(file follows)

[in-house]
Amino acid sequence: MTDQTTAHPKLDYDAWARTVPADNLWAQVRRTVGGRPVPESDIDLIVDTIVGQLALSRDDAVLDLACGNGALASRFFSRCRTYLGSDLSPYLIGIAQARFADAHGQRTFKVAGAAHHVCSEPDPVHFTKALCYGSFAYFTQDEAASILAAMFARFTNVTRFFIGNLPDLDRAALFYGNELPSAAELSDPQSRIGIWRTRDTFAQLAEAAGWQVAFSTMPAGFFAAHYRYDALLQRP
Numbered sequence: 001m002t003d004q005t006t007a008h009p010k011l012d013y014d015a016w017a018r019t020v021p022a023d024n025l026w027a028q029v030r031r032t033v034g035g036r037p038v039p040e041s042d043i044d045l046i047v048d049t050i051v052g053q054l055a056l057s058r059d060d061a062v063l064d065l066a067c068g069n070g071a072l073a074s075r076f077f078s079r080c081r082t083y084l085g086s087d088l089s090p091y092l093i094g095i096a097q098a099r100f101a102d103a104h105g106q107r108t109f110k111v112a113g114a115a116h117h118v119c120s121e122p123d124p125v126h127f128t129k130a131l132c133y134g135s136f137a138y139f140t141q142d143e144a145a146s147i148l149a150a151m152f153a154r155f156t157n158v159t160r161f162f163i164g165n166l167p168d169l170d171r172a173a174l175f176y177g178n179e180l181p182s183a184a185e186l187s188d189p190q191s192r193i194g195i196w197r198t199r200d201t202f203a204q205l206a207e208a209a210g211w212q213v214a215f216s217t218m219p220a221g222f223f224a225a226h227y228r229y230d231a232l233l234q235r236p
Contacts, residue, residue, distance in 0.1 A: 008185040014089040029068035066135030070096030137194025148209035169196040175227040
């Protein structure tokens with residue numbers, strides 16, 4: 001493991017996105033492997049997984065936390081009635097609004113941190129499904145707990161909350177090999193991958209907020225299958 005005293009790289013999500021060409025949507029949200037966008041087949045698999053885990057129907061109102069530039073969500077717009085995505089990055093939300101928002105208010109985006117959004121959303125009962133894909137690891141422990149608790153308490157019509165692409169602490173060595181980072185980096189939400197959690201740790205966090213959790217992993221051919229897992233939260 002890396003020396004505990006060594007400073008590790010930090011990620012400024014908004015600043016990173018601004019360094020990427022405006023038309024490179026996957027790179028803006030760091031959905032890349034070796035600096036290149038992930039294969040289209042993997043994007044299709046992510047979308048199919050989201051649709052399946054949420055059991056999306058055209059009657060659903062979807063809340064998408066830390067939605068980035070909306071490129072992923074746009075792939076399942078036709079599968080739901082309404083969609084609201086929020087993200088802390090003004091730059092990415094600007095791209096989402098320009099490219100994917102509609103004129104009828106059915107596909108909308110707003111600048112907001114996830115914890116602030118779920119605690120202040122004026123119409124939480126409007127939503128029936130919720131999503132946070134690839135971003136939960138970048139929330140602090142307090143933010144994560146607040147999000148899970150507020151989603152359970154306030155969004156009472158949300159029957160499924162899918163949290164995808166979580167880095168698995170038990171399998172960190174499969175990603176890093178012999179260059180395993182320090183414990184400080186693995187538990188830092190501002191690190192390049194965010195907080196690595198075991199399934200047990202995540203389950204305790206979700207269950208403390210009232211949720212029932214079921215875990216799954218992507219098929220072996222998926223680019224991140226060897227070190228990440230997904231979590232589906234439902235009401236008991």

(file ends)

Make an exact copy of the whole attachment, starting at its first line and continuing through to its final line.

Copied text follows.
[in-house]
Amino acid sequence: MTDQTTAHPKLDYDAWARTVPADNLWAQVRRTVGGRPVPESDIDLIVDTIVGQLALSRDDAVLDLACGNGALASRFFSRCRTYLGSDLSPYLIGIAQARFADAHGQRTFKVAGAAHHVCSEPDPVHFTKALCYGSFAYFTQDEAASILAAMFARFTNVTRFFIGNLPDLDRAALFYGNELPSAAELSDPQSRIGIWRTRDTFAQLAEAAGWQVAFSTMPAGFFAAHYRYDALLQRP
Numbered sequence: 001m002t003d004q005t006t007a008h009p010k011l012d013y014d015a016w017a018r019t020v021p022a023d024n025l026w027a028q029v030r031r032t033v034g035g036r037p038v039p040e041s042d043i044d045l046i047v048d049t050i051v052g053q054l055a056l057s058r059d060d061a062v063l064d065l066a067c068g069n070g071a072l073a074s075r076f077f078s079r080c081r082t083y084l085g086s087d088l089s090p091y092l093i094g095i096a097q098a099r100f101a102d103a104h105g106q107r108t109f110k111v112a113g114a115a116h117h118v119c120s121e122p123d124p125v126h127f128t129k130a131l132c133y134g135s136f137a138y139f140t141q142d143e144a145a146s147i148l149a150a151m152f153a154r155f156t157n158v159t160r161f162f163i164g165n166l167p168d169l170d171r172a173a174l175f176y177g178n179e180l181p182s183a184a185e186l187s188d189p190q191s192r193i194g195i196w197r198t199r200d201t202f203a204q205l206a207e208a209a210g211w212q213v214a215f216s217t218m219p220a221g222f223f224a225a226h227y228r229y230d231a232l233l234q235r236p
Contacts, residue, residue, distance in 0.1 A: 008185040014089040029068035066135030070096030137194025148209035169196040175227040
């Protein structure tokens with residue numbers, strides 16, 4: 001493991017996105033492997049997984065936390081009635097609004113941190129499904145707990161909350177090999193991958209907020225299958 005005293009790289013999500021060409025949507029949200037966008041087949045698999053885990057129907061109102069530039073969500077717009085995505089990055093939300101928002105208010109985006117959004121959303125009962133894909137690891141422990149608790153308490157019509165692409169602490173060595181980072185980096189939400197959690201740790205966090213959790217992993221051919229897992233939260 002890396003020396004505990006060594007400073008590790010930090011990620012400024014908004015600043016990173018601004019360094020990427022405006023038309024490179026996957027790179028803006030760091031959905032890349034070796035600096036290149038992930039294969040289209042993997043994007044299709046992510047979308048199919050989201051649709052399946054949420055059991056999306058055209059009657060659903062979807063809340064998408066830390067939605068980035070909306071490129072992923074746009075792939076399942078036709079599968080739901082309404083969609084609201086929020087993200088802390090003004091730059092990415094600007095791209096989402098320009099490219100994917102509609103004129104009828106059915107596909108909308110707003111600048112907001114996830115914890116602030118779920119605690120202040122004026123119409124939480126409007127939503128029936130919720131999503132946070134690839135971003136939960138970048139929330140602090142307090143933010144994560146607040147999000148899970150507020151989603152359970154306030155969004156009472158949300159029957160499924162899918163949290164995808166979580167880095168698995170038990171399998172960190174499969175990603176890093178012999179260059180395993182320090183414990184400080186693995187538990188830092190501002191690190192390049194965010195907080196690595198075991199399934200047990202995540203389950204305790206979700207269950208403390210009232211949720212029932214079921215875990216799954218992507219098929220072996222998926223680019224991140226060897227070190228990440230997904231979590232589906234439902235009401236008991």